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How Diontae Johnson Can Fix Steelers Offense



Steelers WR Diontae Johnson
Pittsburgh Steelers WR Diontae Johnson

As the Pittsburgh Steelers exit their bye week, they’ll be getting some much-needed reinforcements prior to heading out west to face off with the Los Angeles Rams. Perhaps the biggest potential returning asset is wide receiver Diontae Johnson, who landed on injured reserve following a hamstring injury in the home opener. The 27-year-old veteran is looking for a bounce-back season after failing to record a touchdown in 2022 and will be given the opportunity to spark a struggling offense that currently ranks 29th in EPA per play.

Johnson has been a much-maligned player over the course of his career. His tough 2021 season in terms of drops has stuck with people and his tendency to give ground in fighting for extra yards hasn’t always worked out. But his skill set should provide a noticeable boost to a unit that needs it in the worst way.

In just his second season as a pro, Johnson took the mantle as the Steelers’ number one receiver and hasn’t looked back since, leading the team in yards and targets annually. The reason why Johnson has earned a plethora of opportunities on a weekly basis is fairly simple to explain. It’s also the reason that his presence will make a huge difference when he returns to the Steelers’ lineup.

He’s essentially always open.

In 2022, the Toledo product finished first in open score according to ESPN analytics, distinctly ahead of standouts such as A.J. Brown and Tyreek Hill. Quarterbacks like throwing to receivers who create separation and when it comes to creating space, Johnson is undoubtedly one of the best in the business. The primary reason behind his success in that regard is all related back to his route running prowess, his distinguishing trait coming out of college.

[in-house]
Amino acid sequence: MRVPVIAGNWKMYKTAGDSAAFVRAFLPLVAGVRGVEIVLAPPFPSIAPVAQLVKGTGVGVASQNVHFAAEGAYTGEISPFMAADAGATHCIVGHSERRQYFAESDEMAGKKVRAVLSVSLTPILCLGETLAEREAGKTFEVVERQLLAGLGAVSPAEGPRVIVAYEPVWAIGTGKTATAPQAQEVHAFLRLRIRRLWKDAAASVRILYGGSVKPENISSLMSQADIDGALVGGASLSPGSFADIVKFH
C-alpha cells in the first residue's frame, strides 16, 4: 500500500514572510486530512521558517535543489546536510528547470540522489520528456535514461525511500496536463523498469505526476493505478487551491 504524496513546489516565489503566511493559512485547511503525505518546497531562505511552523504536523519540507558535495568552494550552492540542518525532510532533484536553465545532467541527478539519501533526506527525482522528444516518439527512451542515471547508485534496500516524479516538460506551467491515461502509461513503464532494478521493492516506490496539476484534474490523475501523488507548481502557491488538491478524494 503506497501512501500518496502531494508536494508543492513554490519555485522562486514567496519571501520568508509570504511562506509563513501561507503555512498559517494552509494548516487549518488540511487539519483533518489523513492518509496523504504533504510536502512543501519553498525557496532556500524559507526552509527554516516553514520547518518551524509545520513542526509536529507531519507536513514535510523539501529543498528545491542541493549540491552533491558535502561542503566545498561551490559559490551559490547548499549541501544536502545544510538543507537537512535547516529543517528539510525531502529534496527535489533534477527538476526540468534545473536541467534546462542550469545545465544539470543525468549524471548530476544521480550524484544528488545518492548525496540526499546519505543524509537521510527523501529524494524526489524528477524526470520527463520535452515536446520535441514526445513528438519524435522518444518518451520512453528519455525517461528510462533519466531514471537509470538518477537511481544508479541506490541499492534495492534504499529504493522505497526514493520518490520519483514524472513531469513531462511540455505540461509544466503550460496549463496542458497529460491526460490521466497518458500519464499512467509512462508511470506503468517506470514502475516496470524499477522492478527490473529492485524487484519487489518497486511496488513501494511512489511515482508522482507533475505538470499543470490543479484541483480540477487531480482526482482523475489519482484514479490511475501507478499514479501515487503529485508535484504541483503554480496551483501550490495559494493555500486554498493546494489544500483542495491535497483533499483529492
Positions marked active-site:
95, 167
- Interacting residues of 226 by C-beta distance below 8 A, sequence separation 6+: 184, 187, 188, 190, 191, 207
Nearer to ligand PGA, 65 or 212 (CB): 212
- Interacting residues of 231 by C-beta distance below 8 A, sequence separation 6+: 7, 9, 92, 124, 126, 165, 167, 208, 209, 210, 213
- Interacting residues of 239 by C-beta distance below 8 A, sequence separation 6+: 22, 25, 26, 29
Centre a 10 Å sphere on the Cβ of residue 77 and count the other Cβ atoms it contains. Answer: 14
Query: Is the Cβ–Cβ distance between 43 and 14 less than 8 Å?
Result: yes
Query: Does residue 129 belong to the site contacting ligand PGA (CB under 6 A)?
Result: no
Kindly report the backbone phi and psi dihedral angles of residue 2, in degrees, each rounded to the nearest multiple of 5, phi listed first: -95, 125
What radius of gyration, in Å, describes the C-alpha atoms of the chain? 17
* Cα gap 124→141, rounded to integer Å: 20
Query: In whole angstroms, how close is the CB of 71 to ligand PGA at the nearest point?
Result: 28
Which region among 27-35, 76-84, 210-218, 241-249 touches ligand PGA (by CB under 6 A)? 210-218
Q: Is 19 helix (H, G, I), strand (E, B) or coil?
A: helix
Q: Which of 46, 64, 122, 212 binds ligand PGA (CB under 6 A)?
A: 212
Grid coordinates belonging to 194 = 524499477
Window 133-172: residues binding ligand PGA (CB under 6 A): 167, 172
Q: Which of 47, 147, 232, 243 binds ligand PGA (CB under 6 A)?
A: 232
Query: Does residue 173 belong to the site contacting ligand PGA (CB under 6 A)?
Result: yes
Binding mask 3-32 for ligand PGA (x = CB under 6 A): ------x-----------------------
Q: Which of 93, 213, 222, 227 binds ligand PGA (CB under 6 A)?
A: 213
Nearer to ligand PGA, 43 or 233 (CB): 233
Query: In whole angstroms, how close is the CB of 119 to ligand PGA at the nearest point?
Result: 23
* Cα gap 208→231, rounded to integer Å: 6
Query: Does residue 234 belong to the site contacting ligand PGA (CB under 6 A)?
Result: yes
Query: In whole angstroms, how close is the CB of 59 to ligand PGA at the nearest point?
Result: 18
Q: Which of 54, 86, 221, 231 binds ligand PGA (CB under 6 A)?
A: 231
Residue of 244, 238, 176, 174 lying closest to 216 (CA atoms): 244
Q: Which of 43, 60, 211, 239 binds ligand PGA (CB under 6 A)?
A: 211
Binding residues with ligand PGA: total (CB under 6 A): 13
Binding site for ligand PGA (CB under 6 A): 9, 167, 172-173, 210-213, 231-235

Johnson isn’t the biggest nor the fastest player at his position, but few understand the nuances of the position better. His most unique attribute is his ability to get in and out of his breaks swiftly, making him a terror to deal with — especially against press man coverage. According to SIS, Johnson had 39 receptions last season as the isolated receiver, third most in the NFL. The Steelers simply put him out wide knowing that he’s going to win his matchup consistently without the need for any schematic aid and that characteristic is hugely important to Matt Canada’s offense. Just being the player atop the depth chart alone doesn’t earn you a significant target share. The real reason for his heavy involvement is that quarterbacks like to avoid throwing into traffic whenever possible and Johnson’s a master at creating quarterback-friendly windows for his triggerman.


If you’ve watched the Steelers’ offense operate without Johnson the past month, you will immediately notice how dysfunctional and out-of-sync the passing game looks. Kenny Pickett currently ranks 32nd in success rate while looking noticeably uncomfortable, particularly early in games. Quarterbacks, some more than others, are reliant on getting into a rhythm and one way to do that is quick-timing throws that get the ball out without as much fear of being of crushed by pass rushers. Without Johnson in the lineup, Pickett’s yards per attempt, completion percentage and passer rating are all significantly down from last season on one-to-three-step dropbacks which are designed to get the ball out quickly. Pickett is not an incredibly anticipatory thrower by nature, but he was developing a rapport with Johnson at the conclusion of 2022 and you started to see more anticipation from him as their relationship grew stronger.